Thank you. I will tell you a couple of things. One is that the anger you speak of is not anger but pulling pulling pulling the way when you pull so hard you make an awful sound... pulling to get acrosss... to get across the feeling of urgeant, unbridled unbalanced LOVE, not anger, love. I know they sound the same when someone is throwing their body into it that hard. And then: I never called it an exorcism. That would be someone in the press. It has been repeated but it is not my word for the album. If someone uses my work on themselves like that and it works that is great but it was not meant to exorcise me.
I don't need exorcising. I want myself this way, devils or not. I want to change shapes constantly. I want to be a little cat and then a big scary man. I want to spit green stuff. As for birth, I refuse to be born again and if I was I would just want to grow up to be me anyway. I am curious. I like that about me — I always want to learn about people and what they love. I am troubled and weird and ramble the planet with no place to hang my hat. I love dogs and cats and any kinda animal. I even see how a fucked up lunatic can turn out the way they did. It's not that I won't kill the thing if I have to but I will understand him or her while I do it. I have three plastic hagstrom guitars and have enjoyed so much infernally loud music that I'm beginning to lose my hearing. I have chocolate and kisses and waiting for me where ever I go. I have everything that I want and I don't need anything that is not in my bags upstairs right now as I am checking out of this hotel. Why would I throw all that away?
Evangelista is driven by your very powerful and inhabited voice. Do you feel close to artists such as Nick Cave or PJ Harvey? To any other artists?
I love that you called my voice inhabited. That is the best word i ever heard to describe my voice. I do feel attracted to Nick Cave and PJ Harvey. I love to hear them and feel their strength spilling out. I remember being on tour in Britain and seeing the huge posters of her wet flying head — Rid Of Me — and thinking that looks like it might be a fucking interesting musician. and, wow-o, that's a really professional publicity job! I'm in awe of PJ Harvey's use of stiletto heals. I can't walk in pumps. last night i was recording and we started playing a blues. i love the blues but me and pj are capable of a lot of the same things — our voices have a similar range that we stalk around in, etc so i said to the band that we had to fuck it off. that's the advantage to being the famous one, I guess. she's got chicks like me saying fuck off the blues just so they won't be compared to her.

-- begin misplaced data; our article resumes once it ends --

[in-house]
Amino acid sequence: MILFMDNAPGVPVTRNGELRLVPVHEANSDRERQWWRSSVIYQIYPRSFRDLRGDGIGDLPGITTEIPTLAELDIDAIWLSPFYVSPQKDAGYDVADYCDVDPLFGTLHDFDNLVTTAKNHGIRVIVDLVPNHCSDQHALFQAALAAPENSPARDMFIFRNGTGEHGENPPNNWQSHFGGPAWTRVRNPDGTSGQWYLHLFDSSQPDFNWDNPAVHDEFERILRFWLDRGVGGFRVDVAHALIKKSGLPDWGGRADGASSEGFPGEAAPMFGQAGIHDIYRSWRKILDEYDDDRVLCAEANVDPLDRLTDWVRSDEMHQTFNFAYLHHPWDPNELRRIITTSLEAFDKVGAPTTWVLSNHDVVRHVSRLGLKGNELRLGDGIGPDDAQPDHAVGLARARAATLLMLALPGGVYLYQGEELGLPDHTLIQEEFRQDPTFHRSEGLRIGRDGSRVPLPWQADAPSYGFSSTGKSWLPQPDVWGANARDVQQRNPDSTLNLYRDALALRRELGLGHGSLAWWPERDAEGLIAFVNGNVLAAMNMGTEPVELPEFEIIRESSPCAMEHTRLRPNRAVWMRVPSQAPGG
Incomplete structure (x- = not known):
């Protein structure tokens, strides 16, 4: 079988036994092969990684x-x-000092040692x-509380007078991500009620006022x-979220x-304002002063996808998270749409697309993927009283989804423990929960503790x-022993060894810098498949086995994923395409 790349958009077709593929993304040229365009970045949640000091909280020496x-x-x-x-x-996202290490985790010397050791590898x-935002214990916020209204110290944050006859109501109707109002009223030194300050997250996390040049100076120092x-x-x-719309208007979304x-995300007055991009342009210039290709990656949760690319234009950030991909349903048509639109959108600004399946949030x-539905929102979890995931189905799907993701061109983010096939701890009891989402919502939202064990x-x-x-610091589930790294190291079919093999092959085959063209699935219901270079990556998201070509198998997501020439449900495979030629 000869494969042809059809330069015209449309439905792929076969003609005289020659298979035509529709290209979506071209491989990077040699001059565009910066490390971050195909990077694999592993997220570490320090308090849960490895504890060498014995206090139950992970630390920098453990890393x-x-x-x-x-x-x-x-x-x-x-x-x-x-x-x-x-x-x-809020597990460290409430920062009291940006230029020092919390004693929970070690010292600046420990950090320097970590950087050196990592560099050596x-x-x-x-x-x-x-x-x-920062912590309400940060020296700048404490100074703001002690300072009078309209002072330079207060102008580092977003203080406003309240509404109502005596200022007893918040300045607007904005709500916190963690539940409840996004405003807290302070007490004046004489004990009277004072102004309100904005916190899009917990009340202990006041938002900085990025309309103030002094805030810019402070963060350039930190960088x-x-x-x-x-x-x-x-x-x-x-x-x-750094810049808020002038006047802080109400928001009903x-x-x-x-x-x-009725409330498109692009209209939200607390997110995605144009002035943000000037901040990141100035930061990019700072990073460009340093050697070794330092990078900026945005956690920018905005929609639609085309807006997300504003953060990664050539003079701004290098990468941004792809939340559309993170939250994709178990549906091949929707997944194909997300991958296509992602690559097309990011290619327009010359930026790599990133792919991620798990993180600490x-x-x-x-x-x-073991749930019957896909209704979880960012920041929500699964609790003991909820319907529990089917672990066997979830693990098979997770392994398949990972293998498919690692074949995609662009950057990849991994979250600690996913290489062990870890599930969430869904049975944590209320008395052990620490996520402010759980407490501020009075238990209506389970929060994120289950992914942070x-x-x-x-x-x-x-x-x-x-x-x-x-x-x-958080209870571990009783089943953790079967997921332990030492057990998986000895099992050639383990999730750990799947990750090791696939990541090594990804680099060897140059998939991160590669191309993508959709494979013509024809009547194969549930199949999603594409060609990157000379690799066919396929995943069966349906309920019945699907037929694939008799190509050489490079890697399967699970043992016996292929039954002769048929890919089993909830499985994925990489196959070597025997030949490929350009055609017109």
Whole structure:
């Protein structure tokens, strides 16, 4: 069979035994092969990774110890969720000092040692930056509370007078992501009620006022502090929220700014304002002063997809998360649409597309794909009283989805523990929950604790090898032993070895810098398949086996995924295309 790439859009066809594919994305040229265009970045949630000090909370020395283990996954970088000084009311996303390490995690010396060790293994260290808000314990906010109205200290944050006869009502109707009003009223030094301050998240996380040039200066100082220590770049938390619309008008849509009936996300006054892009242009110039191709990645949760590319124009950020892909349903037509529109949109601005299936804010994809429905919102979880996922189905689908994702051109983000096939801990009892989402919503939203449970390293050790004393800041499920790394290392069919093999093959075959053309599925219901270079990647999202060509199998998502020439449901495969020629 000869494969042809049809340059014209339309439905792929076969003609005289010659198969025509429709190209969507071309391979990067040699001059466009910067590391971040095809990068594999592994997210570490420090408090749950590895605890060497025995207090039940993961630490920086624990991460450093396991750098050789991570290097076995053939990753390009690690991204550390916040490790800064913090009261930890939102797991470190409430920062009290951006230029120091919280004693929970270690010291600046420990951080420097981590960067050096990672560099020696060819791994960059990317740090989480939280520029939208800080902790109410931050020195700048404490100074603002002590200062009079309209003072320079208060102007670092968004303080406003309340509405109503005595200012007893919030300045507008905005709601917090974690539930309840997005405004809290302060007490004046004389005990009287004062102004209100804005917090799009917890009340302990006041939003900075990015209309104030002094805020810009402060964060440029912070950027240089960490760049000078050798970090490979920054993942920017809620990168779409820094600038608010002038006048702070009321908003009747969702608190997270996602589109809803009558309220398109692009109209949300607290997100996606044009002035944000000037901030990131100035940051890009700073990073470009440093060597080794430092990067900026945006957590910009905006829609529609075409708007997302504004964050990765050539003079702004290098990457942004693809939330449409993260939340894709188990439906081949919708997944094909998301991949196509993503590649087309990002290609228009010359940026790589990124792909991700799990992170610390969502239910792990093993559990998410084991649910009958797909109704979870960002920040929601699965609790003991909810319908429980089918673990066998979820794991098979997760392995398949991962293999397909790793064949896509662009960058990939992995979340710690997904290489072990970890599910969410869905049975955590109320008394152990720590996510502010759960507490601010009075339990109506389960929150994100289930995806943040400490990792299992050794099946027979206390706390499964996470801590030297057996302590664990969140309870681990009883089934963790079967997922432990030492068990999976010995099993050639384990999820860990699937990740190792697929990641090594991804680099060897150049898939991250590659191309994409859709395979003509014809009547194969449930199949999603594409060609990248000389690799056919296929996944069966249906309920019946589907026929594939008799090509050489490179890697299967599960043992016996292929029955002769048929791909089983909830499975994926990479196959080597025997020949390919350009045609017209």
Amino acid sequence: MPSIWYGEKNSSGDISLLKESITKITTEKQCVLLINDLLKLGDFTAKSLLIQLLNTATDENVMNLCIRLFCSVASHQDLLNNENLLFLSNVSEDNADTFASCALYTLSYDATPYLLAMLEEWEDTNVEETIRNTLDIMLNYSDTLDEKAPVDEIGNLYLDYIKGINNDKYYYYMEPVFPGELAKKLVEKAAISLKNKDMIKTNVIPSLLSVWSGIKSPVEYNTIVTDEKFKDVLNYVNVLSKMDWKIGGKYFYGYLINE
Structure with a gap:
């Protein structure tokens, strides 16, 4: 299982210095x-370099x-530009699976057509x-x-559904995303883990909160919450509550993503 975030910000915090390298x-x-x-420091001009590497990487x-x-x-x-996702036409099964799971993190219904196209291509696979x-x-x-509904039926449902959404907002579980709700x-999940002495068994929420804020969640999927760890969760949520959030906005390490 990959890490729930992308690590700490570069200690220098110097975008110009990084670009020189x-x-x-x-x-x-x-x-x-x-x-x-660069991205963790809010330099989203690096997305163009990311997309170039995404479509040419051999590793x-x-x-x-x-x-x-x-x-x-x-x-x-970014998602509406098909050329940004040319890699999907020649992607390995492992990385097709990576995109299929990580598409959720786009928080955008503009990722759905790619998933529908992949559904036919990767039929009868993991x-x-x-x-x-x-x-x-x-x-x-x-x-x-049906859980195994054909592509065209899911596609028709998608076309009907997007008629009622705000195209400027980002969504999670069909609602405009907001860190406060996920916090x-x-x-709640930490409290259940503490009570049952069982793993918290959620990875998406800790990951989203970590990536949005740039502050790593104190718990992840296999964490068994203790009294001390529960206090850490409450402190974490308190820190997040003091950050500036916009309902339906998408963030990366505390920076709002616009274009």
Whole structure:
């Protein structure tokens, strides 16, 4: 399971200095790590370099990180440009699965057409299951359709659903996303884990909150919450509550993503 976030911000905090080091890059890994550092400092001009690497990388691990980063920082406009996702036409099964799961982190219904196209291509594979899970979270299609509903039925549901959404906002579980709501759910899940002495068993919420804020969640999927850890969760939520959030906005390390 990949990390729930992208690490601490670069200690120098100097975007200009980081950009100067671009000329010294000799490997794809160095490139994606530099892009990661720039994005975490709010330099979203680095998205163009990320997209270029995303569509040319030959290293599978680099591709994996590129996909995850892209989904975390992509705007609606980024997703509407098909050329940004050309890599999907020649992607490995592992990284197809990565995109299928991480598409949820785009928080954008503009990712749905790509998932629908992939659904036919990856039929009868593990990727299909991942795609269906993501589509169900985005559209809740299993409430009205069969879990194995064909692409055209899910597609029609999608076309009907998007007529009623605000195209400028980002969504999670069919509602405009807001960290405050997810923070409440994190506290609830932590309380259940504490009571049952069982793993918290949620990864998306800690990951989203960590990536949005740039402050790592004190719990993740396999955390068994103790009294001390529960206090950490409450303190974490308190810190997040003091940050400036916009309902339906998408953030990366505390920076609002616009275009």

You have covered many country artists such as Willie Nelson in The Red Headed Stranger. In Evangelista, you covered Low's Pissing. You have described it as 'maelstromatic' (I would also say 'excellent'). What are the other indie / folk / rock artists you would like to cover? Or simply enjoy?
I'm not thinking about any covers right now, though I love doing it so much. I was trying to count the number other people's songs I've recorded. I couldn't count. Hummmmm, rock bands, huh? OK, well, forget about Speculum Fight, then. I love a band from the United States called The Silver Daggers. I love Xiu Xiu. I love Celebration. I love Death Sentence: Panda.
What about the future? Have you planned another album? With Constellation?
I am going to start recording my new album for Constellation August 15 at the Hotel2tango with the same monster friends of mine. I'm really excited about it. I think I will stop using my name and begin calling my project Evangelista. The album will be called Hello, Voyager. It'll be out in February, I think.
Can we imagine that you could join a Constellation band as a very special guest?
I hope one day to rip it up with A Silver Mount Zion or Frankie Sparo.
Any last question you would like to answer?
« Carla, are you a giant monster that walks big shaking steps tumbling concrete and asphalt dust making every machine everywhere you go malfunction? Do you, Carla, move with a hole in your abdomen that you put there so a person can peek at another life that makes them feel stimulated and like breaking things in the name of WHAT THE HELL IS UNDERNEATH??? are you happy when you are gentle and kind? »
Yes and yes. Yes, I am happy. Thank you.
[mail interview, June 2007]